It's not just that the tails stop being correlated, it's that there can be a spurious negative correlation. In any of your scatterplots, you could slice off the top right corner (with a diagonal line running downwards to the right), and what was left above the line would look like a negative correlation. This is sometimes known as Berkson's paradox.
This very much reminds me of Michael Polanyi's notion of the ubiquity of "tacit knowledge." See his book "Personal Knowledge."
Great post, Eliezer.
On a separate note, a lot of readers here would probably like Venkat's blog linked above.
For some reason, I'm reminded of the passage from the opening of Augustine's Confessions -- in the true spirit of autobiography, he describes how he learned words and ideas as an infant by being shown extensional definitions:
13. Did I not, then, as I grew out of infancy, come next to boyhood, or
rather did it not come to me and succeed my infancy? My infancy did not
go away (for where would it go?). It was simply no longer present; and
I was no longer an infant who could not speak, but now a chattering
boy. I remember this, and I have since observed how I learned to speak.
My elders did not teach me words by rote, as they taught me my letters
afterward. But I myself, when I was unable to communicate all I wished
to say to whomever I wished by means of whimperings and grunts and
various gestures of my limbs (which I used to reinforce my demands), I
myself repeated the sounds already stored in my memory by the mind
which thou, O my God, hadst given me. When they called some thing by
name and pointed it out while they spoke, I saw it and realized that
the thing they wished to indicate was called by the name they then
uttered. And what they meant was made plain by the gestures of their
bodies, by a kind of natural language, common to all nations, which
expresses itself through changes of countenance, glances of the eye,
gestures and intonations which indicate a disposition and
attitude--either to seek or to possess, to reject or to avoid. So it
was that by frequently hearing words, in different phrases, I gradually
identified the objects which the words stood for and, having formed my
mouth to repeat these signs, I was thereby able to express my will.
Thus I exchanged with those about me the verbal signs by which we
express our wishes and advanced deeper into the stormy fellowship of
human life, depending all the while upon the authority of my parents
and the behest of my elders.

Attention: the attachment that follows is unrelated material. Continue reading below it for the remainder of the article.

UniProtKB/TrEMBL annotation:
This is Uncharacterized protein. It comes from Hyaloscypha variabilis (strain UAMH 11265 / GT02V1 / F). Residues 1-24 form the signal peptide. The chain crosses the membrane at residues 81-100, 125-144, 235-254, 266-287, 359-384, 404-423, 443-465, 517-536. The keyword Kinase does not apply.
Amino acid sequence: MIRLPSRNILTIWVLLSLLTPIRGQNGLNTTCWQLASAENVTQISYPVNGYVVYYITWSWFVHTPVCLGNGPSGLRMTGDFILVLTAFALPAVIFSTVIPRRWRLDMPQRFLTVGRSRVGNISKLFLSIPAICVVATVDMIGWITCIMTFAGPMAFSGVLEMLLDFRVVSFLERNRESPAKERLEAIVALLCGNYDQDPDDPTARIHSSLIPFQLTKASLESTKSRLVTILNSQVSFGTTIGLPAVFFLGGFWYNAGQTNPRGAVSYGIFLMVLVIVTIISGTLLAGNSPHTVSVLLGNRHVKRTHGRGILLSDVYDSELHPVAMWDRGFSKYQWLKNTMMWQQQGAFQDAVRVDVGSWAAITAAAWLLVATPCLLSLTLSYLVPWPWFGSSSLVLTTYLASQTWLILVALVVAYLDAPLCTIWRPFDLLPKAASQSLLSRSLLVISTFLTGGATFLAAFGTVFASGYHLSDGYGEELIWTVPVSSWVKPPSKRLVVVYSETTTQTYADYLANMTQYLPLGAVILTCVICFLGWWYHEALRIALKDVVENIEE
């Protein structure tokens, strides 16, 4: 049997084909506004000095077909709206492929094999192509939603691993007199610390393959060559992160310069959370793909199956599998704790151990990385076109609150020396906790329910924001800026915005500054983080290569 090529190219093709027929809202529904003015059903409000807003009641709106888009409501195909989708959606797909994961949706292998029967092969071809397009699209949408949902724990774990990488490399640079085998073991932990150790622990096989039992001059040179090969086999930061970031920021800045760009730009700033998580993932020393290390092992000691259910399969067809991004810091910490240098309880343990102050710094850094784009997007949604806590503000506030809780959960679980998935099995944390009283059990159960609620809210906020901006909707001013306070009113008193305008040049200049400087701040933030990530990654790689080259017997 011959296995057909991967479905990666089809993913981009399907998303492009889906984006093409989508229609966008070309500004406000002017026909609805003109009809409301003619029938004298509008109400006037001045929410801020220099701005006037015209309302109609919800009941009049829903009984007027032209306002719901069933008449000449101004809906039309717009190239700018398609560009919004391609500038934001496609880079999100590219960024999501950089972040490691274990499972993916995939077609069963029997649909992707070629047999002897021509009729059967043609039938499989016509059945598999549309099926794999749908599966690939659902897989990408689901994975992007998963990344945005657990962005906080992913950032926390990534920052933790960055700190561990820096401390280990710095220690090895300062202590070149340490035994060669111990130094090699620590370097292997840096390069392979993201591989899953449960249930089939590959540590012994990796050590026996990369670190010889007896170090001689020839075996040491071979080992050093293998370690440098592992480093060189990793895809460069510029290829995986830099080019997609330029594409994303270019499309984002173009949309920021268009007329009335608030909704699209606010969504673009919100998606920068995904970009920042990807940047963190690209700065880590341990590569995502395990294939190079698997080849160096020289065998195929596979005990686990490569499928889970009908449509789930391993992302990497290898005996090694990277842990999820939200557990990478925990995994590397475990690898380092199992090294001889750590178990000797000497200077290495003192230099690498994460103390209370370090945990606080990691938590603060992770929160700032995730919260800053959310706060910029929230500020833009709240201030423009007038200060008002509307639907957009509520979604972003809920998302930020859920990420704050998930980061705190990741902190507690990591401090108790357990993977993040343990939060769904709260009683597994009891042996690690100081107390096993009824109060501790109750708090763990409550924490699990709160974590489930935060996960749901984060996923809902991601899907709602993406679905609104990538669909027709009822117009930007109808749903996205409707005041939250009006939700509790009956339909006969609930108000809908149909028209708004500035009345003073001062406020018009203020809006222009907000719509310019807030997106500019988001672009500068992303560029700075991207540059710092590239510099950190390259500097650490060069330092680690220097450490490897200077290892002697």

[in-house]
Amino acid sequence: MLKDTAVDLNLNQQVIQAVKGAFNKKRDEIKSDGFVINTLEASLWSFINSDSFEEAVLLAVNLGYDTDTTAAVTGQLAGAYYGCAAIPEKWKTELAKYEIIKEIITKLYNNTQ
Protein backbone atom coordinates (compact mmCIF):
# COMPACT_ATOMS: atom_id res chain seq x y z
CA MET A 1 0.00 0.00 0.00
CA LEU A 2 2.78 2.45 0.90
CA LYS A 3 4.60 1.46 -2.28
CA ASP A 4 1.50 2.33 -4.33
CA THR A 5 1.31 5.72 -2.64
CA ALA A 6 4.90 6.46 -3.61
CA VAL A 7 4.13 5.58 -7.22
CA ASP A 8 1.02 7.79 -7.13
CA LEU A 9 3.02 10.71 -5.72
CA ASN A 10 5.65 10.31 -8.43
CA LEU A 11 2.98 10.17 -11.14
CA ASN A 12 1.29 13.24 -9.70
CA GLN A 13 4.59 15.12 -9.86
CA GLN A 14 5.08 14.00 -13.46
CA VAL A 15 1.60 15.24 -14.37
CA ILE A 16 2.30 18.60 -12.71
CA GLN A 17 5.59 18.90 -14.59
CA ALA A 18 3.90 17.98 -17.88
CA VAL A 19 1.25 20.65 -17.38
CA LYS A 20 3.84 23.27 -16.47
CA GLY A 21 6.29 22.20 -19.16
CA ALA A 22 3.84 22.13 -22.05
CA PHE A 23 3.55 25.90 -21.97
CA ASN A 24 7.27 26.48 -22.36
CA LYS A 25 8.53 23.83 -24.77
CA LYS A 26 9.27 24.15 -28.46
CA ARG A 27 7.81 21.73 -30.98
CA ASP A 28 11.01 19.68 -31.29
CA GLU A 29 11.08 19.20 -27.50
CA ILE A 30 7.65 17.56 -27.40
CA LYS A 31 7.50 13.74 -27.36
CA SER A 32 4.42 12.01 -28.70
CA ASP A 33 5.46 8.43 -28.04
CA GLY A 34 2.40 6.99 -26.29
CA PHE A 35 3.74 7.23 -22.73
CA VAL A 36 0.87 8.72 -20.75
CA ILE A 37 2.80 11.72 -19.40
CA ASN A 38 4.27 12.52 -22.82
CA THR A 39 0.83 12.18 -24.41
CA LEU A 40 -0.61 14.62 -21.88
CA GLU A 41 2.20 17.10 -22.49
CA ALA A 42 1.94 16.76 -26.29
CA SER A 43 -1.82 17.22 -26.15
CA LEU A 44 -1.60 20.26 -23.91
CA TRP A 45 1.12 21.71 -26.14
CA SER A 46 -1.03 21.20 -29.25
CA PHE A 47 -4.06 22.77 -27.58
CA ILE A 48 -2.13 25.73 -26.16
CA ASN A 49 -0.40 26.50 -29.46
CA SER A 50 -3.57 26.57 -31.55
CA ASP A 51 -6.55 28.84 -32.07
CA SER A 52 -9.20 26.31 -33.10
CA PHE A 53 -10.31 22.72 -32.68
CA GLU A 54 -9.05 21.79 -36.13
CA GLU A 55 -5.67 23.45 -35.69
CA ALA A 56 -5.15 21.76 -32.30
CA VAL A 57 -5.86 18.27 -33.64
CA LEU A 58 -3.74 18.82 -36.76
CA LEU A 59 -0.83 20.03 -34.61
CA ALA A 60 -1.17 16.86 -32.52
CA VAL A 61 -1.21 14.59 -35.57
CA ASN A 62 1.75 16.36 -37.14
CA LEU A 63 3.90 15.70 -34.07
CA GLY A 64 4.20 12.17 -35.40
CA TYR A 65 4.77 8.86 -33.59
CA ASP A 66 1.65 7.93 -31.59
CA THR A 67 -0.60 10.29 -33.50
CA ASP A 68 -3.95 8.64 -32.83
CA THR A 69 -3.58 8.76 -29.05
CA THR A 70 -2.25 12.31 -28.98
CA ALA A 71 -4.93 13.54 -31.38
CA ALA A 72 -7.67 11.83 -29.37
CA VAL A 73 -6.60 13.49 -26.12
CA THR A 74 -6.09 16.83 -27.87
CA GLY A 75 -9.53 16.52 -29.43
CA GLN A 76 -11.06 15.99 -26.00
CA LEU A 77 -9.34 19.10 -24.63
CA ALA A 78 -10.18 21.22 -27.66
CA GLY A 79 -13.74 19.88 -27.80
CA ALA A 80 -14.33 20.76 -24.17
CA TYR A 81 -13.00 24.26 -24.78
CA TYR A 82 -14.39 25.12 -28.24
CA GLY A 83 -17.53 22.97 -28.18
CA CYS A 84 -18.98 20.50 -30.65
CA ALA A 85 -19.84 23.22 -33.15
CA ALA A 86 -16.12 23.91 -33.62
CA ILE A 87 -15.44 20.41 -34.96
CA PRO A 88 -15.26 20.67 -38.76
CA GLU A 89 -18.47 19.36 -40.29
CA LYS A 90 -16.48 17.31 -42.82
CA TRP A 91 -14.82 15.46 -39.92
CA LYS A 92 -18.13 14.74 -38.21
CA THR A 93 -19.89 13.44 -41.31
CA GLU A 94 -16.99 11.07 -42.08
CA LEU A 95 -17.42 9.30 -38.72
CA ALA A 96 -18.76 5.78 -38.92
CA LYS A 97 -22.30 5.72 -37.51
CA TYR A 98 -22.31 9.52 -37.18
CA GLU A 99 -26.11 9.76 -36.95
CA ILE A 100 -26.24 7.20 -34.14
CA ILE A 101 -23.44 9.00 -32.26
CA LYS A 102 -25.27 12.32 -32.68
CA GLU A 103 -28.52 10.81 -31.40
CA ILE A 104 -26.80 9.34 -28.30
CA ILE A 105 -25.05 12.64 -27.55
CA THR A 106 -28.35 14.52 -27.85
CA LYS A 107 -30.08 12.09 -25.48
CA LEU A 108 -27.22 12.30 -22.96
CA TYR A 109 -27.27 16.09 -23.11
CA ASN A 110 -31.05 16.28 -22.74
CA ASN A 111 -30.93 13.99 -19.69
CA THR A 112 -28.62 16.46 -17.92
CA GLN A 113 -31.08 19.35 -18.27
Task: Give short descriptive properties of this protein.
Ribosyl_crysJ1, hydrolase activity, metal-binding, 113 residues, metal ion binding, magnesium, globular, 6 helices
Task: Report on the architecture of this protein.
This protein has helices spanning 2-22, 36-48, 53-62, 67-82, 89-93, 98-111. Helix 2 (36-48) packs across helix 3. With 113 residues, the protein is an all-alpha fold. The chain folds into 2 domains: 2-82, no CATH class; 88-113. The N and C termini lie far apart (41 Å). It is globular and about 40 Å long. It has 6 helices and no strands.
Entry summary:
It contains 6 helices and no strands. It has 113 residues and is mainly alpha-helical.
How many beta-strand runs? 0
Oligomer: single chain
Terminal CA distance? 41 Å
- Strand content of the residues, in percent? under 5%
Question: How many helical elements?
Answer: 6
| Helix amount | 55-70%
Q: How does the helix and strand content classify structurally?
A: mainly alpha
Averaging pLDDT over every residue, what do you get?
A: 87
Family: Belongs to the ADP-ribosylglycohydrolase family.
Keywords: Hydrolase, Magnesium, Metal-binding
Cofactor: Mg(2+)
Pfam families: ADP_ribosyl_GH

Andy McKenzie -- that was my first thought too. Folks can view the scene here.
FYI, if you look at Asch's 1955 Scientific American article, the lines on the cards were a little closer in length than in the example shown above.
I'm still not sure what you're getting at -- want to email me at firstname.lastname@example.org? Thanks.
Video -- I have no idea what you're talking about??
Not to get too sidetracked, because your overall point about education is well-taken, but this:
A recent study here in the Bay Area showed that 80% of teachers in K-5 reported spending less than one hour per week on science, and 16% said they spend no time on science. Why? I'm given to understand the proximate cause is the No Child Left Behind Act and similar legislation. Virtually all classroom time is now spent on preparing for tests mandated at the state or federal level. I seem to recall (though I can't find the source) that just taking mandatory tests was 40% of classroom time in one school.
is implausible on its face (particularly the assertion about 40% of classroom time -- that would mean kids spent 2+ hours every day taking tests). And if schools are ditching science (really? they're really spending 3 hours a day just on reading skills and 3 hours a day just on math?), that would be a very foolish decision on their part, even if their goal is to show high reading scores. Once kids know how to decode words, the best path to reading comprehension is lots and lots of substantive background knowledge -- such as science, history, etc.
By the way, the paragraphs about opening and shutting the car door are one of the best things I've ever read about the distortion of incentives in organizations.
The post reminds me of one of my favorite scenes from a Hitchcock movie (which I transcribed a while back, knowing it would be useful at some point in the future).
In Hitchcock’s 1938 movie The Lady Vanishes, the heroine Iris Henderson is traveling on a train in the same compartment as an old lady. When the old lady disappears (it later turns out to be connected with a spy ring), Iris scours the train in search of her. She meets a German doctor named Dr. Hartz, who accompanies her on her search for the old lady. But when everyone denies having seen the old lady, Dr. Hartz theorizes that some psychological hallucination must have caused Iris to imagine the old lady’s existence.
But then, finally, Iris finds one woman who admits to having seen the old lady. Iris then confronts Dr. Hartz with this new witness:
“You’ll have to think of a fresh theory now, Doctor.”
"It is not necessary,” Dr. Hartz responds. “My theory was a perfectly good one. The facts were misleading."